Discussion

We have used RNAseq to identify the widespread expression of AgIrs across adult chemosensory appendages of An. gambiae where we hypothesize they act along with AgOrs and AgGrs to foster the detection and discrimination of semiochemicals. Interestingly, a fine-scale expression analysis employing FISH and IHC on the adult female antennae of the obligate Orco co-receptor and AgIr76b, one of the three potential AgIr co-receptors, does not support IR/OR co-localization but rather suggests cell-autonomous pathways. Indeed, the presence of multiple chemosensory receptor systems acting throughout the mosquito lifecycle, but operating via discrete networks of sensory neurons, is similar to observations made in D. melanogaster and other insects13,33,34. Either finding would be novel compared to Ir expression patterns in D. melanogaster9 and suggest potential functional distinctions between fruit flies and mosquitoes. Conversely, novel AgIr expression could indicate that these genes perform as yet uncharacterized roles as sensors of endogenous chemical cues such as biogenic amines or neuropeptides that are thought to modulate mosquito odor responses35,36,37,38.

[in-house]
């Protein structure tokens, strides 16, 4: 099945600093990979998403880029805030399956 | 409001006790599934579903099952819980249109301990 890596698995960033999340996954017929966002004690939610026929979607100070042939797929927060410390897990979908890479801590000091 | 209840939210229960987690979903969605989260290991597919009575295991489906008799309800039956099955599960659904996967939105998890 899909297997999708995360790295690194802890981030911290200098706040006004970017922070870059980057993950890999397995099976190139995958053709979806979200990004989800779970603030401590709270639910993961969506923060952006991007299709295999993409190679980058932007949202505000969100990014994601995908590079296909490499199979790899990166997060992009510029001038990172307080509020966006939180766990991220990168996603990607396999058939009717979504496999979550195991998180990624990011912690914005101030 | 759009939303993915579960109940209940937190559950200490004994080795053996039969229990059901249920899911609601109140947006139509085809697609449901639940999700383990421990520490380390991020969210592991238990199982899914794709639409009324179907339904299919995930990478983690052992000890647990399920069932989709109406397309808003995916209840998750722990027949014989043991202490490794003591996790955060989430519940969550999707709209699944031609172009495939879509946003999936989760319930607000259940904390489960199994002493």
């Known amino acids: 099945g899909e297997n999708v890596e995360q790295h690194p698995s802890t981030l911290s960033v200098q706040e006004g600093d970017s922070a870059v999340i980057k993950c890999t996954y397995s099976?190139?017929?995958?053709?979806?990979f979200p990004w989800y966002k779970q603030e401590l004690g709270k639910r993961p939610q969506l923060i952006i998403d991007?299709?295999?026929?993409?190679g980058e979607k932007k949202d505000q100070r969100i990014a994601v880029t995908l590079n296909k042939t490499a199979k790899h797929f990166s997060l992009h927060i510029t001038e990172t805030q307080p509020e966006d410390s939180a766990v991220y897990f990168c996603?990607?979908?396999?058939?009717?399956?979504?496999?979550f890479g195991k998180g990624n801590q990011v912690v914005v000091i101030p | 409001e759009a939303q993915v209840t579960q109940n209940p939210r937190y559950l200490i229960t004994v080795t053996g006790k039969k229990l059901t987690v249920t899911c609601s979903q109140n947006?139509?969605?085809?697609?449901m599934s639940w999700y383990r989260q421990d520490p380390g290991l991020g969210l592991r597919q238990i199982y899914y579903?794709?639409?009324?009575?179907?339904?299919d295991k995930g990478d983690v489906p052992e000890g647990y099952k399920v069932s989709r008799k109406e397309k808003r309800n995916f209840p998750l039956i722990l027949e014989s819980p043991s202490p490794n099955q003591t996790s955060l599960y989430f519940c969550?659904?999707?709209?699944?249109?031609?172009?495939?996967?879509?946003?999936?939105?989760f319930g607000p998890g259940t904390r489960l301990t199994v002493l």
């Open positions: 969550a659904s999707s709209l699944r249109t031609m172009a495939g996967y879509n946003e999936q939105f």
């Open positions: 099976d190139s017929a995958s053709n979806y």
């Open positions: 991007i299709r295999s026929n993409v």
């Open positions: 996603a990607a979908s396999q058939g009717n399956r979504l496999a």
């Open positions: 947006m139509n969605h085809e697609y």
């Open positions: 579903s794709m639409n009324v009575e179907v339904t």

We expected that functional AgIr complexes would respond to human kairomones that are known to elicit grooved peg responses, but that have not been correlated with AgOr sensitivity. This would further support the hypothesis that AgIrs underlie functionally distinct chemosensory transduction pathways that are specifically used to locate human hosts for blood meal acquisition by female An. gambiae. By extension, AgIr homologs are likely to underlie similar response pathways in other mosquito species. Such a correlation would be a significant step forward in both enhancing our understanding of the genetic basis of anthropophagy in this organism and would also identify an important new set of molecular targets for the development of novel chemical agents that could interfere with host seeking mosquito behavior, especially to host preference. It is possible that one or more such compounds will become the next generation of personal protective repellents, or surveillance trap-enhancing attractants that can be utilized in integrated vector management programs to help reduce mosquito-borne disease transmission.